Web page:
My experiment of planting organic garlic which I bought from my local produce section of my grocery store seems to be working well. If you want to try this yourself here are some hopefully easy to follow steps:
- Buy some good looking garlic at your grocery store (I chose organic since I made an assumption there was a decreased chance that it was treated to prevent growth)
- When you are ready to plant, carefully break open the garlic and separate the tear shaped cloves.
- Take the largest cloves and plant in well cultivated soil 2 inches deep and 4 inches apart with pointed end up, these will be for your full garlic bulbs.
- Take the smaller cloves and either use in some spaghetti sauce or plant them in your garden 1-2 inches apart to harvest as baby garlic (think green onions, but strong garlic flavor)
- Fertilize with a balanced fertilizer (or bone meal) during planting but avoid fertilizing after that point since you don’t want to encourage too much foliage growth by having an abundance of nitrogen in the soil and allow the plant to use its energy to grow a big bulb.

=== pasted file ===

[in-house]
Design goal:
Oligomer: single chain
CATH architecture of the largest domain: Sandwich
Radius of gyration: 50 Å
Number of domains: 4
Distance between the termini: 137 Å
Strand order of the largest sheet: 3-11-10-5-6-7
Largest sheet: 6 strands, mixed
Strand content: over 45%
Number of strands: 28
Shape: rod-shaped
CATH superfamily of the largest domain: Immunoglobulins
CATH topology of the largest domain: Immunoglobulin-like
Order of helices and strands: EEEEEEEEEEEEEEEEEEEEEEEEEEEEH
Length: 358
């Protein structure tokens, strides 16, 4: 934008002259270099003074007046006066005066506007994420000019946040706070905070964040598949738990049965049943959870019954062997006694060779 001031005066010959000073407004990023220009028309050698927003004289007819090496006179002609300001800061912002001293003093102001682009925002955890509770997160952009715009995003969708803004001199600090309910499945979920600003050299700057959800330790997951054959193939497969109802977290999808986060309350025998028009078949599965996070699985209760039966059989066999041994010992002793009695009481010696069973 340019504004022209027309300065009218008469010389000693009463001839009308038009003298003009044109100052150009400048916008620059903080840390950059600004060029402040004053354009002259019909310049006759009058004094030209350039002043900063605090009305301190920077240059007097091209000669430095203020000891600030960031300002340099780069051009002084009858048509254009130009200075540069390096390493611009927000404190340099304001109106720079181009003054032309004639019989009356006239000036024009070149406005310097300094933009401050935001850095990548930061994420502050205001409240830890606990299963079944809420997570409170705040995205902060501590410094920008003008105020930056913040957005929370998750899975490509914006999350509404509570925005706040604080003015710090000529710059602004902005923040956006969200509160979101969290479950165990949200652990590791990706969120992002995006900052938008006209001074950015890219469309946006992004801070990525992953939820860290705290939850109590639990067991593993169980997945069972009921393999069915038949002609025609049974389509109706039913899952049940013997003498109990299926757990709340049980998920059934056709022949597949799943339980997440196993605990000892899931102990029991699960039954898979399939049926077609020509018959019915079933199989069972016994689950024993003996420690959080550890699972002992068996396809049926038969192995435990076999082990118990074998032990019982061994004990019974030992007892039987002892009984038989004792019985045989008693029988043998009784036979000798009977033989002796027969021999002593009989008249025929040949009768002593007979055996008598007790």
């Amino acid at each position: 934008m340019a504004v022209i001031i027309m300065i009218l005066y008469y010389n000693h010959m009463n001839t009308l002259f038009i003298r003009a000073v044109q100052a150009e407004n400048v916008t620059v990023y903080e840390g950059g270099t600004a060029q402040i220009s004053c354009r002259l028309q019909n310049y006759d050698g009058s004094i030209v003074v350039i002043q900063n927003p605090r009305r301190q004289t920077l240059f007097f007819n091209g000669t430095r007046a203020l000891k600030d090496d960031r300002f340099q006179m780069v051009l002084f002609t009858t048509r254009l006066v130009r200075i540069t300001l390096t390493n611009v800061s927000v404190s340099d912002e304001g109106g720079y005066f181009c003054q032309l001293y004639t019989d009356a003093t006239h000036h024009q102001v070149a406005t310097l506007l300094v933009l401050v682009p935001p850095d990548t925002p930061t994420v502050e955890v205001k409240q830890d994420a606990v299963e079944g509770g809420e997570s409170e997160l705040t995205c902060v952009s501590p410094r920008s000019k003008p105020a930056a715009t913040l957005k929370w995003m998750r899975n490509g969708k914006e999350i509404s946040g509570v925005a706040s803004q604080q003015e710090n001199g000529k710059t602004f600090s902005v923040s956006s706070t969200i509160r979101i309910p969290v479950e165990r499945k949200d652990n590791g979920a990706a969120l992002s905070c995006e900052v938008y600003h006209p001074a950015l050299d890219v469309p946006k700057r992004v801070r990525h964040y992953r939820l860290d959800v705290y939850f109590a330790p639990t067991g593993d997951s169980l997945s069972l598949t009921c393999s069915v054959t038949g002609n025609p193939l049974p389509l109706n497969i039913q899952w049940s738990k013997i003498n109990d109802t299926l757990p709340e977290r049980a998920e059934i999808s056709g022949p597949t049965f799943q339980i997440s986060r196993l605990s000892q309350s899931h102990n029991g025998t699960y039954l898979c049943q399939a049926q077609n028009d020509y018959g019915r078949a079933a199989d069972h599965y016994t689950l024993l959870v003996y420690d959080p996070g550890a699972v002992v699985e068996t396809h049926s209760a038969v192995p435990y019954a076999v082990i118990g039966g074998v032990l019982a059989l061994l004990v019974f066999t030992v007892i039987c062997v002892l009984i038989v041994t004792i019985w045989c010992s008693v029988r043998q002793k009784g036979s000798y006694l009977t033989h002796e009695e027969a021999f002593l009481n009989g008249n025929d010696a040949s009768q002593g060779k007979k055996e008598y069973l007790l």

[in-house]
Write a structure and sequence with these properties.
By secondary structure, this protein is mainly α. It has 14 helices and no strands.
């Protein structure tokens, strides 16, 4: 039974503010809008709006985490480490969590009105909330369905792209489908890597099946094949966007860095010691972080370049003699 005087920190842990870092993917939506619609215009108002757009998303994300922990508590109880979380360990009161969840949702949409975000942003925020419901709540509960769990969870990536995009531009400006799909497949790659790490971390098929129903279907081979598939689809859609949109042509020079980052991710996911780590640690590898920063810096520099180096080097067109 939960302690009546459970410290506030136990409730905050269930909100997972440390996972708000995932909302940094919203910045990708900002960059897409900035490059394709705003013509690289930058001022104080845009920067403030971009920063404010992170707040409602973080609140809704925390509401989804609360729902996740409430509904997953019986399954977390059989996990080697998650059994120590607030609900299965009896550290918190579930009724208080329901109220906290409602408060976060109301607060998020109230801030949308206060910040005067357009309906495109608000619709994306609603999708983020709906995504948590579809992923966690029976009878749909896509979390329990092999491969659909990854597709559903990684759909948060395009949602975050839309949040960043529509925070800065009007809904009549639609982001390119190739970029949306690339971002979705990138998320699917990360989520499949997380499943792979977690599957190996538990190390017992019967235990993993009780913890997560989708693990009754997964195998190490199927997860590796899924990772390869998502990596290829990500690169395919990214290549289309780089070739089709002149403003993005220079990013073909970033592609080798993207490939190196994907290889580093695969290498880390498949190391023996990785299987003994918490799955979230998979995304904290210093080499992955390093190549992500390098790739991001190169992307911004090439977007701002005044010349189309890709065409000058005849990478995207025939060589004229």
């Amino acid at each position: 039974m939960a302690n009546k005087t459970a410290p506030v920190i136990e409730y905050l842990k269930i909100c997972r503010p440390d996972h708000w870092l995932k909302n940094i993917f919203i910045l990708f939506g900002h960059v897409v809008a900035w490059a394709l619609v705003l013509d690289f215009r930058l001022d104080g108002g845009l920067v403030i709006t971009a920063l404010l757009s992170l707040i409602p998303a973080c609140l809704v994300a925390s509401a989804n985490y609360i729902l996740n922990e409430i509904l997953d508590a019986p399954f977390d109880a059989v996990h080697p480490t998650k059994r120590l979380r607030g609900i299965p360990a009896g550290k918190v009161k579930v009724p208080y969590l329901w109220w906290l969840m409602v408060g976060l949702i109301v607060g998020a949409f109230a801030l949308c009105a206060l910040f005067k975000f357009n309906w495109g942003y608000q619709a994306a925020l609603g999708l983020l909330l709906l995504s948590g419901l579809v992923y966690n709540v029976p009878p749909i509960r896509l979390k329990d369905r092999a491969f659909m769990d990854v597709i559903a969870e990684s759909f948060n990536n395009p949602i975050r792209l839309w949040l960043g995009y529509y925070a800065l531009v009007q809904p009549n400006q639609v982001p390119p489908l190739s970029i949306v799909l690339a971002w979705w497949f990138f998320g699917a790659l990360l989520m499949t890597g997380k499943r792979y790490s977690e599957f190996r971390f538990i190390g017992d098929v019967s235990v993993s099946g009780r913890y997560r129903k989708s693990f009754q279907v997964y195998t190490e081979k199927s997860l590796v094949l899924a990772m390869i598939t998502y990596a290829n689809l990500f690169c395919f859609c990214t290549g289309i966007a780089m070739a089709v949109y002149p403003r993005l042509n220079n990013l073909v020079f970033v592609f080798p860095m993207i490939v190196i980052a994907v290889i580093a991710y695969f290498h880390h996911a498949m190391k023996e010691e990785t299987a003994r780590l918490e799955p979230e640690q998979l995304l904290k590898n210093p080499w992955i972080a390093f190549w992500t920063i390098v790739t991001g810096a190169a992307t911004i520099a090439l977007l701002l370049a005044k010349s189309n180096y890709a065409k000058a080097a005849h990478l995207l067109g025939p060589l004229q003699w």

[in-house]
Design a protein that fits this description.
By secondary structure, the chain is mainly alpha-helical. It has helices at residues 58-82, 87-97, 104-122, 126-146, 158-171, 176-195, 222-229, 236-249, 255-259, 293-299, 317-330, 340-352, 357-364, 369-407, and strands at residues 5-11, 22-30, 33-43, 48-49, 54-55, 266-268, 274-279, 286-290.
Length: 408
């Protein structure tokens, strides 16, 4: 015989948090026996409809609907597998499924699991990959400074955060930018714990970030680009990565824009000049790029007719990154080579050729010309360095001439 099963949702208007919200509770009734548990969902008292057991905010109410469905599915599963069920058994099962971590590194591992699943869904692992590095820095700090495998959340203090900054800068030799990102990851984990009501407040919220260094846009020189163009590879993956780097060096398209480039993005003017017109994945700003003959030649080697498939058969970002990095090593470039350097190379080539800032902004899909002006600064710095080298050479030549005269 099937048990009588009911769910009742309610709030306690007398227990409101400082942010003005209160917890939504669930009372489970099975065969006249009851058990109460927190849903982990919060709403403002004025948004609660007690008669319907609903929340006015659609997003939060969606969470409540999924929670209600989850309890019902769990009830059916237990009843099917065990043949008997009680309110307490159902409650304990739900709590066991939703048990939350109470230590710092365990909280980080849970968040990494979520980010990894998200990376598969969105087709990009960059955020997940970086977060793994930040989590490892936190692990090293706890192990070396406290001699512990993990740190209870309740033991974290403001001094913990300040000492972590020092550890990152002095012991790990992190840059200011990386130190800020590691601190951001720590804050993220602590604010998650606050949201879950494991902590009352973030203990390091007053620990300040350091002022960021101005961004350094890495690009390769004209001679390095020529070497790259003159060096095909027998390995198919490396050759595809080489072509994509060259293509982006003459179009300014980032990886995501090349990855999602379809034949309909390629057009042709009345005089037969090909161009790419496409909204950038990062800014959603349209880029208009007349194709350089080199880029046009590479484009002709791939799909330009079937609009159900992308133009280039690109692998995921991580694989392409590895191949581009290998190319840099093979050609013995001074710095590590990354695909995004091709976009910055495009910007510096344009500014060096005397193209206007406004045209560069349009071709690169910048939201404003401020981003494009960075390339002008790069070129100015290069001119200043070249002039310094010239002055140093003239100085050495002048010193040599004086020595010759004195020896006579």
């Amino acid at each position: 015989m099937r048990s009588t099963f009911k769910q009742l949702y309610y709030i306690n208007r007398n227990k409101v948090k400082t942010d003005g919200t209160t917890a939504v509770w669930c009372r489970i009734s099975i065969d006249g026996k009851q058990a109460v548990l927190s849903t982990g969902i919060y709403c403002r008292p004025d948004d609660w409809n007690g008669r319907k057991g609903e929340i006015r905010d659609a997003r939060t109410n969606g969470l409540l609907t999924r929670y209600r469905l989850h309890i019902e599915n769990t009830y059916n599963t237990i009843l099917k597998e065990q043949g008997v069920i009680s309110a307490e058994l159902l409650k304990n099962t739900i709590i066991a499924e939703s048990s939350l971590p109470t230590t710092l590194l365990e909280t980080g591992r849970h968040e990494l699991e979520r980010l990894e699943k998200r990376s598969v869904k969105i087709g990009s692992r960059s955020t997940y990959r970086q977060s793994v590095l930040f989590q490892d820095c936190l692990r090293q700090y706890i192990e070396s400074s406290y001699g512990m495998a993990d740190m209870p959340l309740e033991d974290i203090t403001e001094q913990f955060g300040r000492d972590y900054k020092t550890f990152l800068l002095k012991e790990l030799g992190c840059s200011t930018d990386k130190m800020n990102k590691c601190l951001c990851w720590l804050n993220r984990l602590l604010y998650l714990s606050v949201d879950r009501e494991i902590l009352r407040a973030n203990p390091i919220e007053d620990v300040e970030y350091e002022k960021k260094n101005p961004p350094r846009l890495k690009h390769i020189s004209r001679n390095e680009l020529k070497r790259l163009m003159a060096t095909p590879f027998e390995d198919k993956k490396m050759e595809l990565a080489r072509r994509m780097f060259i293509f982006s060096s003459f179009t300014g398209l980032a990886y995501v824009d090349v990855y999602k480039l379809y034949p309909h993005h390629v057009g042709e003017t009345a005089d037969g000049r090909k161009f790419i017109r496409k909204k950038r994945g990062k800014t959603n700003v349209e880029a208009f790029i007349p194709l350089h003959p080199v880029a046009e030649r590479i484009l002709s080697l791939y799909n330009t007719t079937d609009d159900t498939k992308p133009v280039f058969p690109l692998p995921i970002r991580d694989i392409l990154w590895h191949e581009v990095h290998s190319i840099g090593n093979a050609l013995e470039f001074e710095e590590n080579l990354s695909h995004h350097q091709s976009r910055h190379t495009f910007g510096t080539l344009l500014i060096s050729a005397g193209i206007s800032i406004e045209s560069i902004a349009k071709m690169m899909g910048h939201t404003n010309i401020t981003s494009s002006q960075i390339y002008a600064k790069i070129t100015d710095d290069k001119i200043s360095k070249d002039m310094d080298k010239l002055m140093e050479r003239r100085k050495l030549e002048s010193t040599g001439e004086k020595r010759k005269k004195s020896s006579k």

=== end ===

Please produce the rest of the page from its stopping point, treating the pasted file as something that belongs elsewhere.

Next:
- When the foliage on the “scapes” began to completely uncurl you can cut them off and use them on salads, scrambled eggs, or even garlic scape pesto. I would recommend leaving a couple of your garlic plants with scape attached since it also works a natural indicator of when your garlic is ready to harvest. When the lower third of the scape is light brown (the color your expect for garlic) it is ready to dig out.
- Take any cracked bulbs and use them immediately, take the remaining bulbs and wash off any dirt and let them dry for 2-3 weeks depending on how dry your climate is.
- Once cured hang in a mesh bag or braid the garlic and given proper airflow and temperature (50-70 degrees) your garlic should last for 6 months (if not eaten by then)
As you can see growing garlic is pretty low maintenance and I am definitely looking forward to using it to my salsa this fall.